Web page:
Revisiting Baseball Brit taking on PECOTA

Hopefully, you read the previous article reviewing 2019 PECOTA projections, entitled “Just accept it, PECOTA hates your team”, and you are still in the mood for more discussion about projections.

As you know, PECOTA is the algorithm from Baseball Prospectus that projects player performance based on comparison with historical player-seasons.

As you are reading Bat Flips and Nerds, then you also presumably know Baseball Brit. Joey is one of the most active promoters of the game and a must-follow on Twitter @BaseballBrit

Last season, he pitted himself against the PECOTA projections. You definitely need to go and check out the article, but I can tell you, he was pretty damn impressive.

Well I say, he was pretty damn impressive, but not everyone is in agreement (Editor Tom – He means me). See what you think.

Giancarlo Stanton: He took the over on Giancarlo Stanton’s 41 home runs. In his first year in pinstripes, which was also his first campaign predominantly as the designated hitter, the former Marlin slugged 38 dingers.

If, like me, you are of a charitable disposition, you will think “there’s so little difference between 41 and 38, let’s call it a draw”. Those playing by the book will score it 0-1 against Joey.

Shohei Ohtani: Joey also took the over on Shohei Ohtani’s 3.48 ERA. Injury restricted the two-way phenom to just 10 starts, but that was at an impressive 3.31 ERA. We now know that he won’t be ready for Opening Day and will be restricted to just hitting as he rehabs from Tommy John surgery.

0.17 points of ERA is nothing. It is the equivalent of one run over Ohtani’s 51 innings. I’m calling it another draw, but I know some of you will mark it down as 0-2.

Joey Votto: The Reds first baseman is an on-base machine, so it was not surprising that Baseball Brit took the over on Joey Votto’s projected .423 OBP. Even though Votto experienced a down year compared to his usual elite standards, the only two qualified hitters that posted higher than his .417 OBP were Mookie Betts and Mike Trout. They’re pretty good.

0.06 OBP! Are you really going to penalise him for that? Either it is another draw or 0-3.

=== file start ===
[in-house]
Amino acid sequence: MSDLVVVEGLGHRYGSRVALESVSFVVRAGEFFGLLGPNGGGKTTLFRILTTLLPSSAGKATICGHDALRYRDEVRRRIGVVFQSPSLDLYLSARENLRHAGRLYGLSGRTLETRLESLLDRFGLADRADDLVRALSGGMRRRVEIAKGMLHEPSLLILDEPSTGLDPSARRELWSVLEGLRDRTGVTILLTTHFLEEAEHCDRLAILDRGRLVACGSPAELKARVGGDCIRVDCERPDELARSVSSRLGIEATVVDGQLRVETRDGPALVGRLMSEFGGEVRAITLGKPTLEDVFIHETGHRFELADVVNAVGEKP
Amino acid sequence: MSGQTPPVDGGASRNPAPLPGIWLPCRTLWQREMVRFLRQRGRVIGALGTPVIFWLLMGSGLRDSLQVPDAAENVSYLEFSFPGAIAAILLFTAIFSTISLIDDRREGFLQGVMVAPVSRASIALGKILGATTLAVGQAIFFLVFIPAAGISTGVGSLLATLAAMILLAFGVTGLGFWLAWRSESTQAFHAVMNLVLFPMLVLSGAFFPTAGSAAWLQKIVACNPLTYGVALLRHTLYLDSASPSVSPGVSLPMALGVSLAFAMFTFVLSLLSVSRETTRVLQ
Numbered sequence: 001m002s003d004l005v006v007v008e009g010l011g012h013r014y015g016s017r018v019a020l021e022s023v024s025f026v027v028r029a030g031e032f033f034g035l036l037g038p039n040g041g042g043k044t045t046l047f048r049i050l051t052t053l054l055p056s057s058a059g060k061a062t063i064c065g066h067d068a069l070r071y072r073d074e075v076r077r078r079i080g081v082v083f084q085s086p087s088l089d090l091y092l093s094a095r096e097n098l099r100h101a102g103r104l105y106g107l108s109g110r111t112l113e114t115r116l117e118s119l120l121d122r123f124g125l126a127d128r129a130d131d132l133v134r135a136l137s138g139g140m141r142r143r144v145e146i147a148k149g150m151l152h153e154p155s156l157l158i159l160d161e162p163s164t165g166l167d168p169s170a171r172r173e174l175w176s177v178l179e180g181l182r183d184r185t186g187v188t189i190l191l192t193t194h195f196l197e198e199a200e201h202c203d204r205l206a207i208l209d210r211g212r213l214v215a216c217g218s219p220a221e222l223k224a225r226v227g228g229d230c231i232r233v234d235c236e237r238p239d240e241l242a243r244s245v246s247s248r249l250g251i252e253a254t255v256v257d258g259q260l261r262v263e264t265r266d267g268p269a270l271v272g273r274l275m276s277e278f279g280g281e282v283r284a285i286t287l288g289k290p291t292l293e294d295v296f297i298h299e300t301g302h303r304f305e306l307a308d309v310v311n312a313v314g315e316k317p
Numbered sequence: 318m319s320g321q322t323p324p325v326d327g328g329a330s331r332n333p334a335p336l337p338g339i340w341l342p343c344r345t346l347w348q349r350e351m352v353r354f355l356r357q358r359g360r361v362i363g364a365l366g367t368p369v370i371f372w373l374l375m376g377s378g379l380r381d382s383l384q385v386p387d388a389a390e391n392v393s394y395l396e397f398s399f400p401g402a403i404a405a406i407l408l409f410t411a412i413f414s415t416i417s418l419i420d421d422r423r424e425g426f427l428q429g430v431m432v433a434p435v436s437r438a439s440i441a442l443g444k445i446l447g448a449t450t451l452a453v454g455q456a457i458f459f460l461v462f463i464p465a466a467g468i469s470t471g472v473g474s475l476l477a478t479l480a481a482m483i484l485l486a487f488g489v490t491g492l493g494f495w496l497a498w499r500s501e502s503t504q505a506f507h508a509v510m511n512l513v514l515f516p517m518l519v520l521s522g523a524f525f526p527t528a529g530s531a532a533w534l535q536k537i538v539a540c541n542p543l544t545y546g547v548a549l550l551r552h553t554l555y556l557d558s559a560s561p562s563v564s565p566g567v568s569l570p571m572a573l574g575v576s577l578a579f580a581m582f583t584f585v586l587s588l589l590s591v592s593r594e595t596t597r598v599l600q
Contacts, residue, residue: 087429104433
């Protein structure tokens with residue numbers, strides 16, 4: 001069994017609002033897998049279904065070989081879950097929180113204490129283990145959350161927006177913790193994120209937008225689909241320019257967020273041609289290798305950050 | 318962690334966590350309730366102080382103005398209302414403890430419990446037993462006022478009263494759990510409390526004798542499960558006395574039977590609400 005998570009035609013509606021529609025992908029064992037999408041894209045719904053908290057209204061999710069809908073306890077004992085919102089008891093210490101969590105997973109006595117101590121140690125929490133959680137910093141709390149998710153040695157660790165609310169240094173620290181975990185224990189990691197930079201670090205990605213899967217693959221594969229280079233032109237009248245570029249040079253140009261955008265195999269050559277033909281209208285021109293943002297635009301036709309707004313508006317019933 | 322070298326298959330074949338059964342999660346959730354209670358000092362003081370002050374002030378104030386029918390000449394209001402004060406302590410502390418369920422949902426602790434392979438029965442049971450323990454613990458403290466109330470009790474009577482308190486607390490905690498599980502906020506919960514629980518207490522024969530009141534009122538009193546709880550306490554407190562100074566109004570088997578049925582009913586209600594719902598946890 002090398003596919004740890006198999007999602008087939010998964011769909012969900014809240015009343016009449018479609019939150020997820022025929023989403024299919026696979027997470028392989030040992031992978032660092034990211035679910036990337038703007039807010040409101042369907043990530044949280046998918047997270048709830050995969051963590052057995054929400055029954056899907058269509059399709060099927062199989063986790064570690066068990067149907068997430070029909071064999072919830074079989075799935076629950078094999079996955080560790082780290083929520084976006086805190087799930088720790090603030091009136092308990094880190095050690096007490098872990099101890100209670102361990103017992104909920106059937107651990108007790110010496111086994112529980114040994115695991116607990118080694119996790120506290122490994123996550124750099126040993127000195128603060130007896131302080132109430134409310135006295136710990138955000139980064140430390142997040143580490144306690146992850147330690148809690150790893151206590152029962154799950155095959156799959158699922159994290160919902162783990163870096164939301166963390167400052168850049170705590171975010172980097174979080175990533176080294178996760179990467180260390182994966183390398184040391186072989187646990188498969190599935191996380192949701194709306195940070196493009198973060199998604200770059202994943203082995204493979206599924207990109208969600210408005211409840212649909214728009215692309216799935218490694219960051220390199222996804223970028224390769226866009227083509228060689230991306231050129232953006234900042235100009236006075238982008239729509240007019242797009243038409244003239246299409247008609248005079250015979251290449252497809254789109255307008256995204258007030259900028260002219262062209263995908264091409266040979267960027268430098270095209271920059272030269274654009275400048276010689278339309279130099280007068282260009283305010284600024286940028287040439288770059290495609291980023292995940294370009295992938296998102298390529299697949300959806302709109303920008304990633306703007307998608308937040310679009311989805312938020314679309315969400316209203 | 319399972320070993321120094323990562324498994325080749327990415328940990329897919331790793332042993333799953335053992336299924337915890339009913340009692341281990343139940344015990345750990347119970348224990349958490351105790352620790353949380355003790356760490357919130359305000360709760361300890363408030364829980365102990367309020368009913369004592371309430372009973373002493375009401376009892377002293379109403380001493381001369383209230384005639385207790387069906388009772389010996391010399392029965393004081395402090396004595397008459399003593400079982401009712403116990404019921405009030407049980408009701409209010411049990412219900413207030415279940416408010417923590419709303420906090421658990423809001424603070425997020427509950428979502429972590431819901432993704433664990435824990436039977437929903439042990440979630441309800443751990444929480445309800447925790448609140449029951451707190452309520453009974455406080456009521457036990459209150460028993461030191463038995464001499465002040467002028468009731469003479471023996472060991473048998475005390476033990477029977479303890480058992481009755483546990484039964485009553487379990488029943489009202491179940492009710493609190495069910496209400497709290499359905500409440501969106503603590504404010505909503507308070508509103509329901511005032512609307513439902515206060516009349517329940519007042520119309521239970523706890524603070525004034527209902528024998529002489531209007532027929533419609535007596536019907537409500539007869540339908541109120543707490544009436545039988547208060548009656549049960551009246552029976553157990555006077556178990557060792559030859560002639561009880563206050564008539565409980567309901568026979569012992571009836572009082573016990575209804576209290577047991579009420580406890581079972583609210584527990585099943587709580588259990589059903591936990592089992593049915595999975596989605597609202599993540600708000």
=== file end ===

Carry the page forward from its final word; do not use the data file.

Rougned Odor: At the opposite end of the patience-at-the-plate scale is Texas Rangers’ second baseman Rougned Odor. Joey correctly predicted Odor would fail to reach a batting average of .257; It was .253 AVG.

0.04 points of batting average over 535 at-bats is the slimmest of victories, so to keep continuity, I’m marking that one down as a draw as well, but I guess some of you will see the score as 1-3 against Joey.

Cleveland Indians: Despite being in the easiest division in the whole of MLB, the Cleveland Indians failed to reach their projected 96 wins, finishing 91-71, so Joey, like PECOTA, took a hit on this one.

This was his only proper loss, although the less charitable will see it as 1-4.

Billy Hamilton: Joey won big by taking the under on Billy Hamilton’s projected 66 stolen base total. Fantasy baseball players and their love for speed overvalued the former Reds’ centre fielder, who had averaged 58 stolen bases over the previous four seasons. The speedster swiped a career-low 34 bags in 2018.

Great pick Joey! Not only to get the prediction correct, but PECOTA’s projection wasn’t even close. If I were scoring, I would give double-points for this one, but you’ve probably marked it down as 2-4.

Kazuhisa Makita: Another big win (and I admit I had to baseball-reference this guy) was when Joey correctly predicted the over on Kazuhisa Makita’s innings-pitched total.

The Japanese submariner threw six times as many innings as projected. Don’t tell me that’s only worth one point as well. 3-4 with one to go.

Boston Red Sox: The final win by @BaseballBrit was to disagree with PECOTA’s projection that the Yankees would enjoy an eight-game winning margin over their arch-rivals in Boston. As we all know now, the Red Sox reversed the projection and finished eight games ahead of New York. Another inspired pick by Joey.

In last year’s article, Baseball Brit said he was hoping for a .500 record, which is exactly as it panned out, but it seems far more like an MVP effort to me.

Whether you feel that PECOTA hates your team or not (spoiler alert: it doesn’t), the system provides a good barometer for the projected performance of players in the upcoming season. And it gives us plenty to talk about before meaningful matches start.

Another key publication from Baseball Prospectus is their annual which is essential reading for all MLB fans. Order it today from Amazon.

Not that British MLB fans need more incentive to purchase the annual, but this year, our very own Darius Austin has written Cubs’ player comments.

What are your opinions on PECOTA? Do you vehemently disagree with any of the projections? We want to hear from you. Follow us on Twitter @batflips_nerds and join in the discussion.

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